As already pointed out by Nwuneli (1983), most of the information disseminated by the town announcer usually originate from some authoritative source such as the Emir, Oba, Council of Elders, or from someone or Age Grade with delegated powers to perform specific tasks for the village or town. It is these authoritative sources that determine the content of the town crier’s message. The attention gaining medium chosen by the village announcer depends on what has previously been accepted by the town or village, and the choice of channels could vary from gongs of various sizes and shapes to bells and drums.
The post of the village announcer or the gbohungbonhun in Yorubaland is in most cases a hereditary position. According to Ugboajah (1980:23-24)
An Ijebu village announcer trains his children in the communication jobs that await them. Thus the young village announcer must be briefed in his early years about the time, place and utility of the news and about technicalities in the use of the gong A Hausa announcer is called Mai Shela. He is the legendary figure, aided by the general belief that he is the appointee of Allah, but he is selected by
the Sariki or ruler of the village. Being revered and respected as a holy man, his body is inviolate and his announcements undoubted. The culmination of his yearly responsibilities is when he predicts and announces the date and sighting of religious Ramadan moon A jester, an announcer, a confidant of the elders and the Ofor [title holders]
– these are the roles of the village announcer in Isukwuator village in Imo State. He has been described as, ‘an institution synonymous with traditional authority’. It is to his credit that he was found very useful in the rehabilitation of the villages following the civil disturbances in this area of
3.5.1c Functions of the Gongman: When one considers the similarities in the functions of the village announcer, known variously as the village gongman or town crier in Nigeria despite the great linguistic and ethnic diversity in the country, one would readily agree with Nwuneli (1983) that the concept of the town crier is the same nation over, that is, in Nigeria, regardless of whatever name the town crier is labelled. The Igbos call him Otiekwe; Hausa, Sankira; Yorubas; Gbohungbohun, even though the names vary in the same ethnic group. However, no matter the situation, the town crier is invariably used as the all purpose/general information disseminator.
3.5.1d Influence of Town Announcers on Messages: On the possible influence of the town announcers on messages that he disseminates, Nwuneli (1983) indicated that the only aspect of information dissemination which the town crier could influence is the strategy of information delivery, depending on the subject-matter which ranges from meeting announcements for Council of Elders or chiefs; directives from the Emir’s or Oba’s palace to general human interest information. The town crier could approach the subject-matter in his personal way, using artistic and speech eloquence to give the necessary and desired effects to the messages he is transmitting.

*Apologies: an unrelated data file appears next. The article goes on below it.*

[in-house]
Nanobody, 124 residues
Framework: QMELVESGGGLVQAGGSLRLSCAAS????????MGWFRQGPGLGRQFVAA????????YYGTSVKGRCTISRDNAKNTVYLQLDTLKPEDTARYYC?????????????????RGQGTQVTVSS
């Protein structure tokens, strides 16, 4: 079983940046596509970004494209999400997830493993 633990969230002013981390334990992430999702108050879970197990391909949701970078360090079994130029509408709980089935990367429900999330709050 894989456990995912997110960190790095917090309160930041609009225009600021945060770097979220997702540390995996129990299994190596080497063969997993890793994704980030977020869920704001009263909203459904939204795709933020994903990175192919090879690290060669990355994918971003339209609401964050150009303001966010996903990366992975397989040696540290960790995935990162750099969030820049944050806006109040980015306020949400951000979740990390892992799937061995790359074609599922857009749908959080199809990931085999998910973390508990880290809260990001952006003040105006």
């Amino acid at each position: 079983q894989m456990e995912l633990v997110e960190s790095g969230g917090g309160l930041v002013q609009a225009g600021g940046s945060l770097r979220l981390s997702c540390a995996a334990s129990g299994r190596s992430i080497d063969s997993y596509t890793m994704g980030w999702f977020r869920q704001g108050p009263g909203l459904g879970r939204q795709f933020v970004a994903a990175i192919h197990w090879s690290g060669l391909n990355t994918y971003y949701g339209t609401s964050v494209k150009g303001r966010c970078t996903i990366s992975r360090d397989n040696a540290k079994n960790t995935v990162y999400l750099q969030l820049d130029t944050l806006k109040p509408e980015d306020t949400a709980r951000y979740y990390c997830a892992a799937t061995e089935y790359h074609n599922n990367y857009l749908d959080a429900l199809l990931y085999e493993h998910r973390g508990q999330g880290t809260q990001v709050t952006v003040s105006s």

3.5.1e Attributes of the Gongman: From the above it is obvious that the town crier is very effective in the village system. Ugboajah (1980) emphasised some attributes of the village gongman which are as follows:
- He knows his culture.
- He interprets his culture to fit the objectives of his society.
- He is not only respected and revered but perceived as credible.
- The notes from his communication medium- gong or drum or elephant tusk is decoded appropriately and receive attention from specific audience to whom they are addressed.
As can be seen from the foregoing, the gongman indeed occupies an important position in the diffusion of messages within the belief systems of the various ethnic groups in Nigeria and in their opinion formation processes and actions (Wilson, 1982). Thus, it is the intimate relationship between the source of the information and the audience that created a bond of trust which always determined the reliability of any information received and shows that the town crier is a trained professional with noble mind and wits. This is then why he is an eloquent interpreter of his chiefs’ messages being well tutored in traditions and proverbs (Ugboajah, 1979:43). Besides, the gongman is a trusted confidant, whose loyalty to the village authority is indisputable. And since he is part of the village system coupled with the fact that his task of news dissemination “was never competitive or profit-oriented (unlike the modern mass media), it then behoved him to discharge his duties efficiently and conscientiously too” (Wilson, 1982). This is why the various ethnic groups attach great importance to traditional communication. And since traditional media are said to have force and credibility, they put stability into Nigeria’s indigenous institutions (Ugboajah, 1991).
Although, they are essentially impersonation of ancestors, the masquerades in some societies like Igboland emerged at night to gossip and expose scandals like modern columnists except that the masquerade’s freedom of expression knew no laws of libel and sedition. The Yoruba ‘Oro’ and Igbo ‘Isato’ masquerades are indicated by Nwuneli (1983) as being used as effective channels of communication in the maintenance of village security or discipline in some parts of southern Nigeria.
Drawing from Nigeria, this unit was focused on institutional structures in African culture, which is mainly of two types – traditional and social. The unit highlighted that in some cultures age-grade groups, market men/women associations, etc, are part of social institutional structures of the society. In other words, they are part of political or traditional structures. So, sometimes political structures overlap with traditional structures.
Furthermore, the unit focused on traditional authorities and socio-political organisations, highlighting their communication patterns. It was meant to enhance our understanding of traditional authorities, socio-political organisations and their places in African communication.
Self Assessment Exercise
- List and discuss the institutional structures in your community.
- List the attributes of a town announcer.
6.0 TUTOR – MARKED ASSIGNMENT
- List ten traditional leaders in Nigeria and discuss their importance in communication
- Discuss the functions of a gongman
- Discuss the influence of the gongman on messages